The size of the deficit was the result of a combination of lower tax receipts and a surge in public spending. Government spending climbed 8% in the six months to September, as money was pumped into the ailing NHS and other public services.
The reduction in tax receipts was due to smaller tackings of corporate tax as companies recorded lower levels of profitability.
City experts now say the chancellor will be forced to downgrade growth prospects, as the deficit is already worse than £11bn forecast by Gordon Brown in his Budget speech earlier this year. There are also fears he may be forced to raise taxes as a result of the deficit.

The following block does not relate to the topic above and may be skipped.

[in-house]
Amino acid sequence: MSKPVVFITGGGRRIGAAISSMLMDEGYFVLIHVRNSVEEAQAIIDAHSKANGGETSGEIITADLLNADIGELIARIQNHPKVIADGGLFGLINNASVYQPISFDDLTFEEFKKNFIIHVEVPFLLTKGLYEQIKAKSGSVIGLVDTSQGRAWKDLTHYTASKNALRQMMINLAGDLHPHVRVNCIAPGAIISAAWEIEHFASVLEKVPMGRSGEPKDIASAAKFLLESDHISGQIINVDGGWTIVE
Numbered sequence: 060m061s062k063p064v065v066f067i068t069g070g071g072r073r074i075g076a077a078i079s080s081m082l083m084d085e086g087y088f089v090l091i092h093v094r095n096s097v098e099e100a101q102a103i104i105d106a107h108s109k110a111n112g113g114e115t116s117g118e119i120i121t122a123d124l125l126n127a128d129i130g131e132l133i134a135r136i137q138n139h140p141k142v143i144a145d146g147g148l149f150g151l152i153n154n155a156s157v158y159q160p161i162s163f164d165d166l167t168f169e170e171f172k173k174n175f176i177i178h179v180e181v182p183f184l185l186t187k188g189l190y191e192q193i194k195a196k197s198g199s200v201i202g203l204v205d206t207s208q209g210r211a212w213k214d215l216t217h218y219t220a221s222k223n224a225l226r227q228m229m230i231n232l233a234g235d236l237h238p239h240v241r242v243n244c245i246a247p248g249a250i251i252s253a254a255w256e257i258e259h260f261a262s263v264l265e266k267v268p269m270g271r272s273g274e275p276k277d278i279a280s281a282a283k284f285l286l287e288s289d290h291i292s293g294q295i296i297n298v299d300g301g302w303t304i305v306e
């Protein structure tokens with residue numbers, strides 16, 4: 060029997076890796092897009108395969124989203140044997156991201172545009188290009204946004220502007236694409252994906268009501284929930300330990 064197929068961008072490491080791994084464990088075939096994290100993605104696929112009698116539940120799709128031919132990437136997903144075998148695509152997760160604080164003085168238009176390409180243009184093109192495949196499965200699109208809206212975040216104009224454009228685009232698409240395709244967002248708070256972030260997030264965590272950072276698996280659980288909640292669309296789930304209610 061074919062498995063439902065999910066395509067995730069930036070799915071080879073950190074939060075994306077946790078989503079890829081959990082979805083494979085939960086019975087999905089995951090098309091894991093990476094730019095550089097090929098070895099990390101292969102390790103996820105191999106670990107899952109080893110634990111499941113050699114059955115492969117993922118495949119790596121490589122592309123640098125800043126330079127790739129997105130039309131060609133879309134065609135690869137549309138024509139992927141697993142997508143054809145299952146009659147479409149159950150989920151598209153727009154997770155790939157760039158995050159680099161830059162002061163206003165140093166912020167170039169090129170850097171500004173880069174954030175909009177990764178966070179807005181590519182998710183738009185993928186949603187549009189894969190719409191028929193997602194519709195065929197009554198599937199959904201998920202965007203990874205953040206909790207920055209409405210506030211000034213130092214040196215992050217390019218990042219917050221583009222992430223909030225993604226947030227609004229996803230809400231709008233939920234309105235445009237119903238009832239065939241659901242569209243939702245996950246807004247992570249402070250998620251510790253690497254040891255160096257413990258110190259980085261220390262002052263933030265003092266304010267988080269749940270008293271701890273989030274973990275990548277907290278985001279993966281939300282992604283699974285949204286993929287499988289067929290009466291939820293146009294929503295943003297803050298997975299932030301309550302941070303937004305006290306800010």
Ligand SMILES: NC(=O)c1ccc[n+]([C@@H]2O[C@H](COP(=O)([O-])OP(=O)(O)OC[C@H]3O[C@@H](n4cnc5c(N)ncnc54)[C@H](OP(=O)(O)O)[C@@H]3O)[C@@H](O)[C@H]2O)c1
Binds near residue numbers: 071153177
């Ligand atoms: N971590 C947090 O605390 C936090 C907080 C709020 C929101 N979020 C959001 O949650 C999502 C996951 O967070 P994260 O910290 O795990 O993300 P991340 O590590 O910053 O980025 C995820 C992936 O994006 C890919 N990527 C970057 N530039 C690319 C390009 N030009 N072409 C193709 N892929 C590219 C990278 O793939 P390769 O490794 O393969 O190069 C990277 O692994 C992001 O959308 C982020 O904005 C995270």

In his Budget speech, Brown forecast growth at between 3% and 4% for the year.
Does Darwin's theory apply to taxation? Colin ponders...
The EC has been instructed to draft a European Union (EU) directive authorising an EU financial transaction tax, which would apply to ten of the EU’s 28 member states
Accountancy watchdog the FRC has dropped its investigation into the former chief financial officer of Tesco, nearly two years after the supermarket was engulfed in an accounting scandal
Colin imagines how Apple's logo might change in the wake of the EC's ruling over its Irish tax arrangements